Album Review: Drone – "Sticks Were Swords"

Album Review By Alex Goyetche

Drone is a “post-folk/ post-rock” outfit from Maine, currently spending some time in Halifax. This offering from March 2011 is called “Sticks were Swords”, and it gets off to a very slow and rather ambient start. Layers of acoustic guitars crisscross over one another until the rhythm section kicks in and brings the music to a calculated climax. This is essentially the format that carries the following songs on the album.

There isn’t a great deal of instrumental music on my ipod, but I’ve always said I’d like anything if it was done right. The music of the aptly dubbed “Drone” delivers what it promises. It moves along steadily and never really gives hints as to where it’s going to end up. But all the while it goes steadily on.

The album reminds me slightly of “Sean Carey”, the “Bon Iver” drummer who released his first solo record last year. It is a very calming and ambient work, which sort of just carries the listener on. This is what “Sticks were swords” does at it’s best.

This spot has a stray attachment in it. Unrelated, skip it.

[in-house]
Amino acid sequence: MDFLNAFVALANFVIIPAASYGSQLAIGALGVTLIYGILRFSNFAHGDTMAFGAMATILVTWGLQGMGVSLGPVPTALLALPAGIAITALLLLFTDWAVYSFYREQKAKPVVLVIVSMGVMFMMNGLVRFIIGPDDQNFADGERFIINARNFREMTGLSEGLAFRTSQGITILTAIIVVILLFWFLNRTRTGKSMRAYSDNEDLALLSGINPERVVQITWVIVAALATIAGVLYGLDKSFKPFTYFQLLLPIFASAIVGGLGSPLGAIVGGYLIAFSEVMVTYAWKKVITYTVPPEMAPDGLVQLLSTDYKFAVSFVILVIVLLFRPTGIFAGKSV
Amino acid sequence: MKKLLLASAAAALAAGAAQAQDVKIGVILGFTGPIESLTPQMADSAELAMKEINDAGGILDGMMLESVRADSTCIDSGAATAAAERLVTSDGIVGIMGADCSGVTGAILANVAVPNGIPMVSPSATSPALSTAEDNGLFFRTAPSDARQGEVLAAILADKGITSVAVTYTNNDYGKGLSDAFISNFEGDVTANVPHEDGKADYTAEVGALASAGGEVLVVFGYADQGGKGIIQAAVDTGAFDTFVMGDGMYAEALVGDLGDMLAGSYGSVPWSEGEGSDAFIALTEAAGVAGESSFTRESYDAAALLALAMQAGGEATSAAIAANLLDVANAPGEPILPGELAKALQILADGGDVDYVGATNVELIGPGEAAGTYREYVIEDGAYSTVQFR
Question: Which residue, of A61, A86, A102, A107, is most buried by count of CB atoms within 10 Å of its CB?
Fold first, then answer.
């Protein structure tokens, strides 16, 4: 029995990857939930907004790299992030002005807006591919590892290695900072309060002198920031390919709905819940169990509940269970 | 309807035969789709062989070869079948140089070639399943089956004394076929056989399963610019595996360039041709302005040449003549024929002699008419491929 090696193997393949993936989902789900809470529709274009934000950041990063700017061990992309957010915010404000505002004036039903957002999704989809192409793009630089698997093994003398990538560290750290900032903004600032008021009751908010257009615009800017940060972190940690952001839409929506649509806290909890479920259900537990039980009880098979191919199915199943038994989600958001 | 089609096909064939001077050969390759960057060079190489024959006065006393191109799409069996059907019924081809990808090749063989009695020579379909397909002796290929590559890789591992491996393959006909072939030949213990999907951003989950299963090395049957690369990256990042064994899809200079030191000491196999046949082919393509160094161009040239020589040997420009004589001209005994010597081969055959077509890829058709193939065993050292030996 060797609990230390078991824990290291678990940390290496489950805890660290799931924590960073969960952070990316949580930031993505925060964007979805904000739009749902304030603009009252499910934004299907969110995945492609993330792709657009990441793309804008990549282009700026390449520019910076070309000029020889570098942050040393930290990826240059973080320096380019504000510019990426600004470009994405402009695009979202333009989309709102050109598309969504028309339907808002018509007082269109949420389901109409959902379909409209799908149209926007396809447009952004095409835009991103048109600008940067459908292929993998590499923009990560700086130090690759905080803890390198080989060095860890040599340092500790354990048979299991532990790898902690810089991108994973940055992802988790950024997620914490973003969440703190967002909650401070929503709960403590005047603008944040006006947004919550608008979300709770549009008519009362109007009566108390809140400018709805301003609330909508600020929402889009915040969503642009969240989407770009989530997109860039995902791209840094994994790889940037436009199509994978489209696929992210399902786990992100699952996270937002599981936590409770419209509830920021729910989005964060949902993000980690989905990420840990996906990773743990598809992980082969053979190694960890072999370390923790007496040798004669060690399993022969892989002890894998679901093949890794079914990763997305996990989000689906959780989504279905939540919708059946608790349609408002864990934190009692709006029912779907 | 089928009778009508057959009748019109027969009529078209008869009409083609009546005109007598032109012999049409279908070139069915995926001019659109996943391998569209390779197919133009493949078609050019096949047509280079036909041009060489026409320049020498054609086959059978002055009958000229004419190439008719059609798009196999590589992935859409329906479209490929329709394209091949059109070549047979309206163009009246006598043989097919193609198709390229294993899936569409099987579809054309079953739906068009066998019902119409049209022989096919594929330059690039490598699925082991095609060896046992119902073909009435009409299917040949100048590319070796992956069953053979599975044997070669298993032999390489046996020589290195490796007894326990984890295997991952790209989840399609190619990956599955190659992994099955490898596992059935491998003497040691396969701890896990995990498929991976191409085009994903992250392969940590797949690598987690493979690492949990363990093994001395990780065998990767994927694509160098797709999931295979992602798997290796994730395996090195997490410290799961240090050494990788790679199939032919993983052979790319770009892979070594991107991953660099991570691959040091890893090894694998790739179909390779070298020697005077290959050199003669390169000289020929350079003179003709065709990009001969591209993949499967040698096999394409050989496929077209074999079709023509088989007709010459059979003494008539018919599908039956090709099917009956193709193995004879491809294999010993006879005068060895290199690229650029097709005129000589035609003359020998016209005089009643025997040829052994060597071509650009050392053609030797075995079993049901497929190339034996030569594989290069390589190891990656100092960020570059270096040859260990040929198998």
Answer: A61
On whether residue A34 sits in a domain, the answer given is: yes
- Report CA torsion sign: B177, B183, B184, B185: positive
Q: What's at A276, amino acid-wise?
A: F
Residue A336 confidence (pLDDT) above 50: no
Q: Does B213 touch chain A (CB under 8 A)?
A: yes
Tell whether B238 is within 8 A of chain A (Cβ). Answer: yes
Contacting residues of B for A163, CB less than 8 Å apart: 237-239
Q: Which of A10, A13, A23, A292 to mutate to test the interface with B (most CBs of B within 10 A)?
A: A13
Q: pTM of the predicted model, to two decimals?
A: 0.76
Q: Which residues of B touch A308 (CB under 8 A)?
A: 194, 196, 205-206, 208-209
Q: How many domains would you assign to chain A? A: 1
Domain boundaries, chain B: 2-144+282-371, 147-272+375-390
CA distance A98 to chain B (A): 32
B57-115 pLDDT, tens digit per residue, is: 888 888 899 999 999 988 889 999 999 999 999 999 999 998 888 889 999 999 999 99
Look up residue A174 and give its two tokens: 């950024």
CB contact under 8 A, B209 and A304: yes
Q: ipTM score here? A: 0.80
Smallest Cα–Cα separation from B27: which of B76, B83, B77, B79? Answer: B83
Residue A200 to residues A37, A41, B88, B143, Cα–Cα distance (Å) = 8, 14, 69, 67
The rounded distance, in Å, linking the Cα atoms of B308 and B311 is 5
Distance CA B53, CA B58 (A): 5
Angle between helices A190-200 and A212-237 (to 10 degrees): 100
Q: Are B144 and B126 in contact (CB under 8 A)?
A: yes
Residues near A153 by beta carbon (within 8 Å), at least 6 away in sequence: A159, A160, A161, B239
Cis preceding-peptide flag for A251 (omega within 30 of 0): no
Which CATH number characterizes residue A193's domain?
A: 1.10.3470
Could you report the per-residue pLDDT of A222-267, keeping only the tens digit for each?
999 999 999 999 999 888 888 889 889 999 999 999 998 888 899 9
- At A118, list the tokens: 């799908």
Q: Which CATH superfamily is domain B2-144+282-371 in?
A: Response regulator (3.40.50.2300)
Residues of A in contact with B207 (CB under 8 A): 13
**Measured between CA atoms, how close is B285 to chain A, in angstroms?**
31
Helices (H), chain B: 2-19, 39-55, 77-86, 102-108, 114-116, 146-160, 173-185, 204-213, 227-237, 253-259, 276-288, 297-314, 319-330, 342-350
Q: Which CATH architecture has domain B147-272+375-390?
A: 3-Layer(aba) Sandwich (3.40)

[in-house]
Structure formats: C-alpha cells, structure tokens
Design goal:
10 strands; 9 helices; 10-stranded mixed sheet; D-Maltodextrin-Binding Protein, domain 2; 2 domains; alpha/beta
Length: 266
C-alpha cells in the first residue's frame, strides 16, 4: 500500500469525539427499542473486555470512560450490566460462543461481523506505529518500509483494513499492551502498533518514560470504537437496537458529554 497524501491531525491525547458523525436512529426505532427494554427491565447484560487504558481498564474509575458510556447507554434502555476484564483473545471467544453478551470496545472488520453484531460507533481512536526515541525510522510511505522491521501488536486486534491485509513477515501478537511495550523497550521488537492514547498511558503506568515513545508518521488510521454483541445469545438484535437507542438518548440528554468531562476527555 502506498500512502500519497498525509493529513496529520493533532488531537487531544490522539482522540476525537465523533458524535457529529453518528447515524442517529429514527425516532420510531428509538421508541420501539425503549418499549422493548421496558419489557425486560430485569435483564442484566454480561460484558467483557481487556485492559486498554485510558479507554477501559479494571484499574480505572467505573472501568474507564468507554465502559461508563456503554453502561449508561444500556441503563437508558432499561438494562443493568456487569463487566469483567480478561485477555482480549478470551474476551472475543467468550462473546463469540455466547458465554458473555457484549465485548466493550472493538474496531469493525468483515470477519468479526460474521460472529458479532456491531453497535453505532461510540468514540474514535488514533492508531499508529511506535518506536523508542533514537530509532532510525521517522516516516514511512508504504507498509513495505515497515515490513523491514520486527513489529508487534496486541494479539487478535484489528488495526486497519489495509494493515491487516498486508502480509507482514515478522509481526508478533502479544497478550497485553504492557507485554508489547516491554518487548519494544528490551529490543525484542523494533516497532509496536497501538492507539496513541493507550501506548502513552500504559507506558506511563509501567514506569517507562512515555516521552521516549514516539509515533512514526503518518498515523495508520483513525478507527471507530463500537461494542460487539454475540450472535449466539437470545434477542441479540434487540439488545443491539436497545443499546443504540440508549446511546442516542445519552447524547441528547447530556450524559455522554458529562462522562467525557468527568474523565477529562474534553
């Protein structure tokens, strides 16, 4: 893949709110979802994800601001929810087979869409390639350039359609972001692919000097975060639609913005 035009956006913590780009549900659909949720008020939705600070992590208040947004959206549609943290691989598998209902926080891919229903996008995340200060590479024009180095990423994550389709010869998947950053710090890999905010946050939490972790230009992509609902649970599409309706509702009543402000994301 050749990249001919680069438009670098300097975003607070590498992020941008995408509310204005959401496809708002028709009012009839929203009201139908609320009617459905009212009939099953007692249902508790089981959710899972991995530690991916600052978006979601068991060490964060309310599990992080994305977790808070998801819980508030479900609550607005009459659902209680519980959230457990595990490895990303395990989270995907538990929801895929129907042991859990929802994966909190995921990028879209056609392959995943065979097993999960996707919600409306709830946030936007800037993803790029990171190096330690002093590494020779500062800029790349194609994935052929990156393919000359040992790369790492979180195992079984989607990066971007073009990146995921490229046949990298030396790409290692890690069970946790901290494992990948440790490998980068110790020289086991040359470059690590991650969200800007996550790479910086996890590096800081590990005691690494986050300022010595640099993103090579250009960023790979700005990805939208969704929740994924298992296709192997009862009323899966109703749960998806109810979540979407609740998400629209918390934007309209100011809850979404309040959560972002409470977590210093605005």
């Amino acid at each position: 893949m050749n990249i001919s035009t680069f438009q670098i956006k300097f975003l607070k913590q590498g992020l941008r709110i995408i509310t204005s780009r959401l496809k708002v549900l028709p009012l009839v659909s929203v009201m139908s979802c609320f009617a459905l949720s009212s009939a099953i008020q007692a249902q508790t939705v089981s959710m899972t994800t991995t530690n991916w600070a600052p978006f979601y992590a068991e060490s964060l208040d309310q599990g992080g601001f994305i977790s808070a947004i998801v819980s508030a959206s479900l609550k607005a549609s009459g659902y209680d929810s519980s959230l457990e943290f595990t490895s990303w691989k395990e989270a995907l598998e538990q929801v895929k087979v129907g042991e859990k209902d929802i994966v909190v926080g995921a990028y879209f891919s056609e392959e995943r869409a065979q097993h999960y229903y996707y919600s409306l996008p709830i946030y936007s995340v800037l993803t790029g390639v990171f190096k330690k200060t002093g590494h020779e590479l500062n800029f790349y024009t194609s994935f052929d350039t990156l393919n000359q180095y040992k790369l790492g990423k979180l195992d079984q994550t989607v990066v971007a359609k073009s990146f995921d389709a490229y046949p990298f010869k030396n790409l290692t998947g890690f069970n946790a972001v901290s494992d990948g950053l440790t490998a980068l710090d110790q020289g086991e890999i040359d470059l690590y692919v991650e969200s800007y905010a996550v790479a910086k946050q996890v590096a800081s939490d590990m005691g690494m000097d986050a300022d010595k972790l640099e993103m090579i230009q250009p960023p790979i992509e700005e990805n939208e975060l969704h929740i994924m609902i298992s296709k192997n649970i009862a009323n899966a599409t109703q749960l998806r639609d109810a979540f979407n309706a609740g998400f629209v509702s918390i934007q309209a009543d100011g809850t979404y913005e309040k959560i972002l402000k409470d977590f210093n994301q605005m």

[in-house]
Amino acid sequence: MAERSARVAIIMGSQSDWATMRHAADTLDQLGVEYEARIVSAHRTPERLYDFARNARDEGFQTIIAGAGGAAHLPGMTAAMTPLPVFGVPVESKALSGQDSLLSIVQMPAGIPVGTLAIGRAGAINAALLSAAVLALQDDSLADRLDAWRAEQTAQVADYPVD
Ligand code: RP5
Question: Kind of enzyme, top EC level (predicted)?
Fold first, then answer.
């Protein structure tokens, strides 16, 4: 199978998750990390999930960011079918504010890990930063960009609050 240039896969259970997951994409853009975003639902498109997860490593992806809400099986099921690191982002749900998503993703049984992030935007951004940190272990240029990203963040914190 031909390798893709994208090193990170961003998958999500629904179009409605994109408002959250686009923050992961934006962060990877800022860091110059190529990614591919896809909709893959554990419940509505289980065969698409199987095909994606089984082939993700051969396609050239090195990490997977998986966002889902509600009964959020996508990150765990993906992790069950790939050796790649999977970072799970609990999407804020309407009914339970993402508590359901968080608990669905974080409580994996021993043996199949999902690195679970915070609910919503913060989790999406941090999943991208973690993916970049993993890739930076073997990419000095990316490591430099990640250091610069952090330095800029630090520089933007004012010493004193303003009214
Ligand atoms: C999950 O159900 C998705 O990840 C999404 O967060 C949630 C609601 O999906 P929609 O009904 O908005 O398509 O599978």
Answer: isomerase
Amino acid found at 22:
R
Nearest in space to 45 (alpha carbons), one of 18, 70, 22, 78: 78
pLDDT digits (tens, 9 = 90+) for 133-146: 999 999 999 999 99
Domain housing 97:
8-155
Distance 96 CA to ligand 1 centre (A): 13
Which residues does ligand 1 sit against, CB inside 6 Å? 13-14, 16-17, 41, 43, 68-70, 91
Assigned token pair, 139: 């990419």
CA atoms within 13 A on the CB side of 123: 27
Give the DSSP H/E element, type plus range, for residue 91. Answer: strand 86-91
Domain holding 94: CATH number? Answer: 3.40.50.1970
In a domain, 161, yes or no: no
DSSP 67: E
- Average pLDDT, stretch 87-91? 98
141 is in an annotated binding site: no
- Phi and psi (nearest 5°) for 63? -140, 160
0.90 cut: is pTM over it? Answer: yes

However, sometimes the music can lull one out of paying attention. I found myself wishing for even minimal amounts of vocalization. Just the acoustic guitars and drums become somewhat limiting. Filling out the lower register of the music might also be of help. The twang of the guitars could be easily complimented by some strong bass.

All that said, the music of “Drone” is very pleasant to listen to. The title track swells up and down and comes very close to the audio sensory equivalent of floating on an inflatable raft in a calm lake.

The second last track, which is humorously titled, “It won’t be long now, I promise” Starts about the same as the rest of the songs, with lightly strummed guitar, flutters of violin or cello, and then some cautious drumming, but suddenly opens up with a loud burst of sound that has to be the albums only real aggressive moment. It is very nice to hear a little crunch, and revved up noise in amongst the droning.

The final track does actually begin with a human voice, which was a mirage leading me to hope a singer might make an appearance, but alas this was not the case. The second half of this track called “Like a Ship on the Rocks of our Beach” has a fairly well executed dual of two acoustic guitars hammering out complimentary arpeggios, rushing the album towards it’s finish.

So by the time it’s done, I would say that all the little hiccups and flaws can be overlooked. Because the work is indeed very interesting, and often captivating enough to keep one listening on. I would like to see “Drone” have a radical departure in the near future, something to change the very similar shape of the songs they’ve so far created. Currently working on another effort, I can only hope that the future is bright for this project.


No comments: